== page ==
HANDS-ON : Sinn 140 A limited edition ‘space chronograph’


Sinn is one of those brands that keeps on doing what it does best without any razzle dazzle, and that continues to win a legion of often quite dedicated fans for it. As a ‘bang for buck’ tool watch, the brand can be difficult to beat. My sole Sinn, a U1, is my default watch for when I want to wear something that I don’t need to worry about.

Today’s Sinn however, is a bit more special, and at a far higher price point, than my U1 and many others of its Sinn brethren. It’s also admittedly more attractive. The 140A Space Chronograph is a limited edition update of the 140S that German physicist/ astronaut Reinhard Furrer wore on his voyage to SpaceLab in 1985. Furrer’s 140S was reputed to be the first automatic chronograph to be worn in space, and there’s an allusion to this on the caseback this model.

This limited edition (500 pieces) watch is fitted with Sinn’s SZ01 automatic movement, which is a modded Valjoux 7750 movement (the original was a Lemania 5100, so that includes Furrer’s) and features a centre 60-minutes hand, good for those who don’t like small sub dials.

The 140A looks very much like the original, including a polished/ satin steel case of the same shape, which itself had a 1970s aesthetic, and the same crown and pusher layout, including the crown at 10 o’clock for the internally rotating bezel.

One new addition to the 140A is the use of Argon to dehumidify the watch, a feature for which Sinn is known, as is the use of the ever popular Sinn Tegiment (TM) case-hardening technology, one of the brand’s great drawcards. The dial on the limited edition has silver electroplated sub-dials for the chronograph functions on a matte black dial. The indices, hour and minute hands are all lumed and the chronograph indicators are coated with a daylight-luminous paint.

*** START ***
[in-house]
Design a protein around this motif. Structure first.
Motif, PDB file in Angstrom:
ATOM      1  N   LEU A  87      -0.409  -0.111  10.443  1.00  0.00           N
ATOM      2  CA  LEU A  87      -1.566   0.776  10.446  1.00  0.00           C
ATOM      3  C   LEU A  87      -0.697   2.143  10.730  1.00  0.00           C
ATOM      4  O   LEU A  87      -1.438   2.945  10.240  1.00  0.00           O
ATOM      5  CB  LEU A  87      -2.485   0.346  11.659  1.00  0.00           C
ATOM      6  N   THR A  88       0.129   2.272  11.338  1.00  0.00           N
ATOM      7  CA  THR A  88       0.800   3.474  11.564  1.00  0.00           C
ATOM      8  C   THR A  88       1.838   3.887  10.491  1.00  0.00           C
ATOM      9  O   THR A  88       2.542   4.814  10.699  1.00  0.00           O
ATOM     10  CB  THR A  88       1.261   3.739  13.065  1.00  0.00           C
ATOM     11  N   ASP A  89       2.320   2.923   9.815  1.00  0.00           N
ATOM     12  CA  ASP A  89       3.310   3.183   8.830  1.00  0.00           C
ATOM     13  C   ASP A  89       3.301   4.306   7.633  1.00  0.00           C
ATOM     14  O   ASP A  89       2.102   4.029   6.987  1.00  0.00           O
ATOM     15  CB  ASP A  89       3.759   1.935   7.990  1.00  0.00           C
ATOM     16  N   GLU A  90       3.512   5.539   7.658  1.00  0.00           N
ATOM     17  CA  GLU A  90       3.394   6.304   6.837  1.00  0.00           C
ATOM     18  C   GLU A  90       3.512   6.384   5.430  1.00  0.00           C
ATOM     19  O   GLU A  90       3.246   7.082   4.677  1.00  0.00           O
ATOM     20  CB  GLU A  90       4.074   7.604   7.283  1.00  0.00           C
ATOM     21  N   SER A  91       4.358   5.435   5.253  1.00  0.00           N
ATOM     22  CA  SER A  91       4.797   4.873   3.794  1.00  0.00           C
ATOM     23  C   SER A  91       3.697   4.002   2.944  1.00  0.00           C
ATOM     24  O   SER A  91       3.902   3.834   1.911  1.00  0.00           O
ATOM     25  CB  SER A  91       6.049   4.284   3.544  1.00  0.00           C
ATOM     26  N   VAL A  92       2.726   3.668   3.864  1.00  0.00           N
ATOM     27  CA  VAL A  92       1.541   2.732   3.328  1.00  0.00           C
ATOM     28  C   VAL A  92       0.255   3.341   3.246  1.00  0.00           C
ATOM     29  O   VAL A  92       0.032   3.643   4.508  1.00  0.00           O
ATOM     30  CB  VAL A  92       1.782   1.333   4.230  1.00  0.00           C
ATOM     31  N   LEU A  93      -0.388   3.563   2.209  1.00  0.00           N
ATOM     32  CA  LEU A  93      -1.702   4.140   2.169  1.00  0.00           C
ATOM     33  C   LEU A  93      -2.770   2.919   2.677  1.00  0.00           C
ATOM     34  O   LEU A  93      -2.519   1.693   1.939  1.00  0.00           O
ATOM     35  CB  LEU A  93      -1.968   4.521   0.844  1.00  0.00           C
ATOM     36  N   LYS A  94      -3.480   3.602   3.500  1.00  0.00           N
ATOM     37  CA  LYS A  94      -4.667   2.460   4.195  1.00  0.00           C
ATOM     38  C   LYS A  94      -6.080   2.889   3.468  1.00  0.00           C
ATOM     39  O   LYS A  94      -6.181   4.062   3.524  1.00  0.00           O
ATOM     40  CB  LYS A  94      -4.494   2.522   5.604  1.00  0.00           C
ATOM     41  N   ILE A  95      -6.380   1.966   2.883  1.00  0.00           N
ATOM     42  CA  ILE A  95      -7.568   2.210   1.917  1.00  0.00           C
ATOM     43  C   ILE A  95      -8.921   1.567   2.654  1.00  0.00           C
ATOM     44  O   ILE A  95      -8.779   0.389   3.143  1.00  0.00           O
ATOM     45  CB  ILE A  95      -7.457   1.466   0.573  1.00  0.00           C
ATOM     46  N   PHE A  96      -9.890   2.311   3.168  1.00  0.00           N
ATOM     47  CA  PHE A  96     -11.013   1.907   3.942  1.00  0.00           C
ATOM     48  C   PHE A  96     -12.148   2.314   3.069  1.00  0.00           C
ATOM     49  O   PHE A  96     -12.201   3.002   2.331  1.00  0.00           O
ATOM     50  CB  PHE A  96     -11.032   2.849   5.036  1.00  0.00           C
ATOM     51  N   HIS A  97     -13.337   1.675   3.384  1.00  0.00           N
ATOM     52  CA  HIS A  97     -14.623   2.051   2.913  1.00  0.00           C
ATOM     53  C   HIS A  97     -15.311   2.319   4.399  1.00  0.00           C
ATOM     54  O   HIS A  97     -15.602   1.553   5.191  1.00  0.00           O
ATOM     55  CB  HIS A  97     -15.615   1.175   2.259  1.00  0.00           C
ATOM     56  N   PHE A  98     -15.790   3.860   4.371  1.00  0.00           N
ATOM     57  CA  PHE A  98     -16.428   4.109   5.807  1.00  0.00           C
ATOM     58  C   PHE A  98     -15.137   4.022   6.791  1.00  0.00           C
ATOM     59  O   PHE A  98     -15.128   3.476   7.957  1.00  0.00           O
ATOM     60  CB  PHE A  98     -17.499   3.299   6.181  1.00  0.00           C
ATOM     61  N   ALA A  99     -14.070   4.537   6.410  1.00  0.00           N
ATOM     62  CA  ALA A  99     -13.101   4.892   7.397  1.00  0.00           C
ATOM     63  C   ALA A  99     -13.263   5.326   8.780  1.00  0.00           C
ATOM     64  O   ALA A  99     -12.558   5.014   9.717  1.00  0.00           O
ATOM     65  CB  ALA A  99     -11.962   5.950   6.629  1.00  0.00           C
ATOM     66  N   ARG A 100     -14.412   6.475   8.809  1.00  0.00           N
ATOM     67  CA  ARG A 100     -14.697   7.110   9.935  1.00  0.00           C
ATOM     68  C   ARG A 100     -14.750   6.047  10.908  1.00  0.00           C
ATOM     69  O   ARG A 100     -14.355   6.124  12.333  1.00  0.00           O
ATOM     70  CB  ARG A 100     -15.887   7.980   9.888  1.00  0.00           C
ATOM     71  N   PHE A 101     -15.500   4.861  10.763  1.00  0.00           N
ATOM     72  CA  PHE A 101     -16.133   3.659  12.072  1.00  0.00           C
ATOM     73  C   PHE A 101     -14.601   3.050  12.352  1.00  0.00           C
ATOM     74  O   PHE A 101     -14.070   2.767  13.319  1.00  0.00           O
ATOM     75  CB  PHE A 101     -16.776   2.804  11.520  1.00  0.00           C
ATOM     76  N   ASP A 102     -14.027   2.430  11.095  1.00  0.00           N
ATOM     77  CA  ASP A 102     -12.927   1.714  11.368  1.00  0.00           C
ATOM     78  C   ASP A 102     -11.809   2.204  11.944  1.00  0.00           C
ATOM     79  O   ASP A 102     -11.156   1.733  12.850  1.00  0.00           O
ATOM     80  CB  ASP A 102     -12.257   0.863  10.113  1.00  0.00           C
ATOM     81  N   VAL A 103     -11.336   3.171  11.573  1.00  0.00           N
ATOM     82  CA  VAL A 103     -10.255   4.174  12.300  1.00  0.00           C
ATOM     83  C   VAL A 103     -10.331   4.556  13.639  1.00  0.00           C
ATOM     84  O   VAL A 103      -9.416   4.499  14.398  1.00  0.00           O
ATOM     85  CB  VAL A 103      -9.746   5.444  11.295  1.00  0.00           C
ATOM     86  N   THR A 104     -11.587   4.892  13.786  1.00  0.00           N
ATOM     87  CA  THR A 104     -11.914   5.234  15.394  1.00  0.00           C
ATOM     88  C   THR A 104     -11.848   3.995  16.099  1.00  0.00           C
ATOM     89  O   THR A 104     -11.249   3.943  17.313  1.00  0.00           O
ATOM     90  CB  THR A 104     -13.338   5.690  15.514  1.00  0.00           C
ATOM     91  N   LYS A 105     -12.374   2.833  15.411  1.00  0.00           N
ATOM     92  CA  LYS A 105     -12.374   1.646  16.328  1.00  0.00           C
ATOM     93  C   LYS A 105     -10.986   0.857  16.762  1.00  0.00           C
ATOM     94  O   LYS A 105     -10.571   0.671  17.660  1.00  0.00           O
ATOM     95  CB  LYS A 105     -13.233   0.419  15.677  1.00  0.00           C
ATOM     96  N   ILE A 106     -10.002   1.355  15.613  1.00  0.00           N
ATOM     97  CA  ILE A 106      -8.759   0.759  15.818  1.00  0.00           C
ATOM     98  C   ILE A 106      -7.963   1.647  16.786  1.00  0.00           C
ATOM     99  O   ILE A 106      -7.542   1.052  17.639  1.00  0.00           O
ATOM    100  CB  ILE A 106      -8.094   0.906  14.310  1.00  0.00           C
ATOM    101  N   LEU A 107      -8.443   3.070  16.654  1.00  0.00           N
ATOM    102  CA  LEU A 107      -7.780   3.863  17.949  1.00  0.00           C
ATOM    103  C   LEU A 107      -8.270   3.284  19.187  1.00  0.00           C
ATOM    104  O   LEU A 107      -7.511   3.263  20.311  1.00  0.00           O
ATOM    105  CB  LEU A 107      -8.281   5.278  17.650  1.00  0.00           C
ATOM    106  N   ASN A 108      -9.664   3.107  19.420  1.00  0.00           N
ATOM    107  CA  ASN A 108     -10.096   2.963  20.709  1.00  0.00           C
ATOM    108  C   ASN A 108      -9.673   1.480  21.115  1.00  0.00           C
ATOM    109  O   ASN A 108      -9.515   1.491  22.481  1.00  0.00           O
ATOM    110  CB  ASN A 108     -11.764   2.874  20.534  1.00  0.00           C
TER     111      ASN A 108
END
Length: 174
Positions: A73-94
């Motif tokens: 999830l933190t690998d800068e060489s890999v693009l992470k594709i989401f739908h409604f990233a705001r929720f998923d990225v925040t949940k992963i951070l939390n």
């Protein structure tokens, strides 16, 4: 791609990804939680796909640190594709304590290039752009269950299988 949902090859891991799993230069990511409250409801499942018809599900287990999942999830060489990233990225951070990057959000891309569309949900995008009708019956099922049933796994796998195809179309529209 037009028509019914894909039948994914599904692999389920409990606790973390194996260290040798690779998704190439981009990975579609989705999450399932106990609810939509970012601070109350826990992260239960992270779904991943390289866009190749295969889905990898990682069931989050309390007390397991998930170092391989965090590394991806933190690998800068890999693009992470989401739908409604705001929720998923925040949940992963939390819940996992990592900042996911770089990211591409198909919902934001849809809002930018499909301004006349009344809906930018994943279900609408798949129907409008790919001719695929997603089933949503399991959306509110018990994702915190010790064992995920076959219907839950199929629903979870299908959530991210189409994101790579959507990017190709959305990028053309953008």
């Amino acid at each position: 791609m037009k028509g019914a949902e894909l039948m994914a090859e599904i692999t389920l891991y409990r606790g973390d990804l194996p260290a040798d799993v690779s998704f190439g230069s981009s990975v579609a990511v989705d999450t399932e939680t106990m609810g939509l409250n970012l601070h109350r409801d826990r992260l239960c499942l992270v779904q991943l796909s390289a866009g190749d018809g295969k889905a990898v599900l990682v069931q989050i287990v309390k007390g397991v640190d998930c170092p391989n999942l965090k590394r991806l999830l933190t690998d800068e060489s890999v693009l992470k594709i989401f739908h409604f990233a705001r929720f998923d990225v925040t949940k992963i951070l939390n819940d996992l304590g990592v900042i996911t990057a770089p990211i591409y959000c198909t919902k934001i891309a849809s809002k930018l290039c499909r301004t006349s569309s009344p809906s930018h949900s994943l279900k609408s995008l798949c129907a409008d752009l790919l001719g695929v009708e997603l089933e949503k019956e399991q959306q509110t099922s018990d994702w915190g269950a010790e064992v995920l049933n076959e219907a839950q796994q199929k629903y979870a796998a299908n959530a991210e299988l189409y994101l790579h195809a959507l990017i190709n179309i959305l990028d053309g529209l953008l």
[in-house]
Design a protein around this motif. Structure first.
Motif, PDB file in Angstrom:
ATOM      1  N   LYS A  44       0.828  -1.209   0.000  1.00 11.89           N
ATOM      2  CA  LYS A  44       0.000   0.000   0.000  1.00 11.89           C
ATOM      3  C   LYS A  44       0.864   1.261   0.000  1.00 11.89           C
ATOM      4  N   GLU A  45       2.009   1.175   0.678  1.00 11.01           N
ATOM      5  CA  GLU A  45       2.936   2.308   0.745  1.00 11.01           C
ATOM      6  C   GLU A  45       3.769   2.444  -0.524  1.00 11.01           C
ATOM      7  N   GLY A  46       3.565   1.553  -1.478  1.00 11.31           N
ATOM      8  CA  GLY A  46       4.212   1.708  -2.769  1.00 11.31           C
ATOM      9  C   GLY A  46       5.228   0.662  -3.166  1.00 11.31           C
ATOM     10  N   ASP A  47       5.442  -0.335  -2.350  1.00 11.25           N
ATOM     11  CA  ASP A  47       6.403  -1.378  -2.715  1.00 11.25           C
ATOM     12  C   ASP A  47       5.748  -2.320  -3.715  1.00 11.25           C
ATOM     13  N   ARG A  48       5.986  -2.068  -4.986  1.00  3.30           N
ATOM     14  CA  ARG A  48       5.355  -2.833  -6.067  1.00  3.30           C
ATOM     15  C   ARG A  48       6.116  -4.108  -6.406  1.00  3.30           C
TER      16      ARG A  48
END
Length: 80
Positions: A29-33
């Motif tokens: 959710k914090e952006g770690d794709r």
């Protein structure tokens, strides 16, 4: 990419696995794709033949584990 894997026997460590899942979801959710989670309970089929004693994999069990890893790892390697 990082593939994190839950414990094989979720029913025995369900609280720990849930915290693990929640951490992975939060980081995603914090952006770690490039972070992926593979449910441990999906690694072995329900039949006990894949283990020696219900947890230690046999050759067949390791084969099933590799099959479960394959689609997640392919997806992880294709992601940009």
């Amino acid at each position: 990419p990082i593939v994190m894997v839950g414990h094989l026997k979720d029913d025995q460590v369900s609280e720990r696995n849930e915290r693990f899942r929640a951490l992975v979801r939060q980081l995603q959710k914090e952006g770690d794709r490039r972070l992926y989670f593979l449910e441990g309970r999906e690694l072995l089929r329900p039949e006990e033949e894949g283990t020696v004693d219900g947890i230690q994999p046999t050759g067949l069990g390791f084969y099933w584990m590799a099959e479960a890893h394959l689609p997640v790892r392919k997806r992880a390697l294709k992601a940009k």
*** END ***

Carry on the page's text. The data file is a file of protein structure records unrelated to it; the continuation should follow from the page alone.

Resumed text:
Sizewise it measures 44mm with a thickness of 15mm, and it weighs 118g. It’s not too heavy, nor too large, and sits comfortably on the wrist. Plus it’s simply a fun good looking tool watch.

Why do people buy Sinns? Well it’s certainly not for their glamour, but history, as ever, plays a part in the brand’s appeal. The claim of ‘firsts’ being, as always, a part of the watch world, there have been discussions as to whether in fact this Furrer related claim to fame for the 140 is, in fact, as it seems. If you want to read more on this, click on this link to a post on Watchuseek dealing with this very question, and for some more reading on Furrer’s ‘other’ space watch, go to this piece at Fratello Watches.

My thanks to Peter and Lydia of Define Watches, at which I saw the Sinn 140A.

Categories: German watches, Hands-on, Sinn, Watch Profile, watches

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